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The Indy Issue from Friday March 12, 2021



Visions of the Development of Salem

By Kevin Zorn

An oil on canvas mural is displayed in the post office in Salem, West Virginia. It was painted by an artist named Berni Glasgow and its production was funded
through the Treasury Department’s Section of Painting and Sculpture. It is titled “Visions of the Development of Salem” and depicts a group of people
receiving mail, in the background is a village and cattle.


Berni Glasgow was one of more than 800 artists commissioned to paint 1371 murals, the majority of which are featured in post offices.
Often mistaken as a Works Progress Administration (WPA) initiative, these Treasury funded murals were created with the intent of fostering i
nspiration in the American people who were still feeling the devastating economic and social effects of the Great Depression.


It is a testament to the shift in the ideological landscape today that I cannot believe the US Government, in tandem with local governments,
was capable of doing what the WPA accomplished. Yet, here are just some of the facts: from 1935 to 1943 8.5 million unemployed men and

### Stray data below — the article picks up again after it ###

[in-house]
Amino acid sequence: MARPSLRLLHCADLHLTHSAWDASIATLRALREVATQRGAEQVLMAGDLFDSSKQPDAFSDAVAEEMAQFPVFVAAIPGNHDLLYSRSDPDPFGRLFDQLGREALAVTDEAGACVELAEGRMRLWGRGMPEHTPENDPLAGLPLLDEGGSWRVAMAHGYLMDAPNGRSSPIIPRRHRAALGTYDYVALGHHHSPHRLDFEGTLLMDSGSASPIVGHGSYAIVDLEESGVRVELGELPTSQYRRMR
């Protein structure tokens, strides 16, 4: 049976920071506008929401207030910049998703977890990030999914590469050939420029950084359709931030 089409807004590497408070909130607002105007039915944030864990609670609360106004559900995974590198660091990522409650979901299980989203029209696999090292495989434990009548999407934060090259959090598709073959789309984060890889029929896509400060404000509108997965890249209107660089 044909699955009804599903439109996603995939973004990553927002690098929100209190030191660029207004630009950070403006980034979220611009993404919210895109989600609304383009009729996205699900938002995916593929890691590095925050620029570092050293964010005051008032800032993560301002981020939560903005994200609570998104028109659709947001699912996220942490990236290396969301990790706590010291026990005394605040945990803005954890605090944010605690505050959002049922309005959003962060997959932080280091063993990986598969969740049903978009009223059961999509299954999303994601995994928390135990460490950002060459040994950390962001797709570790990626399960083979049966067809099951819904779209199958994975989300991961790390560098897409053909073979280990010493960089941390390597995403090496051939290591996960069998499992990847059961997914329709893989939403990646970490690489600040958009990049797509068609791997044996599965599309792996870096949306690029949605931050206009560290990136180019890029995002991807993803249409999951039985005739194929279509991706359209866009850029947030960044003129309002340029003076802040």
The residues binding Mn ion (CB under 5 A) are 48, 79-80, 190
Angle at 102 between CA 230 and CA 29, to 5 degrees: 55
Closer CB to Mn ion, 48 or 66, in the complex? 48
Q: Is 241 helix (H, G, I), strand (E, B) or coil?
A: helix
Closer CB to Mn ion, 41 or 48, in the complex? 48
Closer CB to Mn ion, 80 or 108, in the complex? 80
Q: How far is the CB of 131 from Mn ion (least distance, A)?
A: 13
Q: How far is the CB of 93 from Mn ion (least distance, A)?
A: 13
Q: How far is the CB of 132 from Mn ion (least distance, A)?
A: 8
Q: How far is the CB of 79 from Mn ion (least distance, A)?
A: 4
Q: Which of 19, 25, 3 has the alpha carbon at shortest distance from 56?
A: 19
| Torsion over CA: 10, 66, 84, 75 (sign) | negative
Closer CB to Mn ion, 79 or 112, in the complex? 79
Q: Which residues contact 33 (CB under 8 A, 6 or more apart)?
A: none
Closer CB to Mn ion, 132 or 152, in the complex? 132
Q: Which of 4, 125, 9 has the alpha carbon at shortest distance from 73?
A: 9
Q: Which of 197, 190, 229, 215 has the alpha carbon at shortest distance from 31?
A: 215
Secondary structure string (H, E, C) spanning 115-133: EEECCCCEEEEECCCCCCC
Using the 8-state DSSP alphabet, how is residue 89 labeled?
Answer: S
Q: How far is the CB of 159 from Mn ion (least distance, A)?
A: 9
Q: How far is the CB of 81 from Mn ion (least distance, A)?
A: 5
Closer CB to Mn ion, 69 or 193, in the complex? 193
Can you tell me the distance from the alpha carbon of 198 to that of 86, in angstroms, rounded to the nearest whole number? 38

women were hired by the government to build over 10,000 bridges, 620,000 miles of streets and roads, 40,000 new and 85,000 renovated
buildings including thousands of schools, gymnasiums, auditoriums, playgrounds, parks, libraries, college dormitories, tennis courts, and skating rinks.


The WPA employed artists, writers, historians, and musicians whose work directly affected the lives of millions of Americans during some of the
country’s most painful years. Musicians hired under the Federal Music Project taught free lessons to 132,000 children and adults every week.
Those hired in the Federal Writers’ Project, in addition to their popular state tourism guidebooks, recorded over 2,300 slave narratives -
an invaluable collection for scholars and historians. Under the Federal Theatre Project 1,000 plays were performed across the country every month.
Incalculable is the number of children and adults inspired by this work.


Through the colossal endeavors of the WPA in both its pre-war effort and its public projects America achieved full employment by 1942,
the same year “Visions” was painted in Salem.


It is clear that the America many of us grew up in, the structures that supported our lives, the parks we enjoyed, the schools we attended,
the infrastructure we relied upon for travel, even the art classes that inspired the next generation of creators was largely built under the
auspices of the WPA and the New Deal.


This is a salient reminder that capital “H” History is not simply a collection of memorized facts and figures, dates and obscure names.
No, History is alive in the communities in which we live. It not only teaches us, it haunts us as well. It haunts us with what was
possible before and what is possible tomorrow.


Perhaps that is the greatest battle waged in the spectacle of media and politics today - the question of what is possible.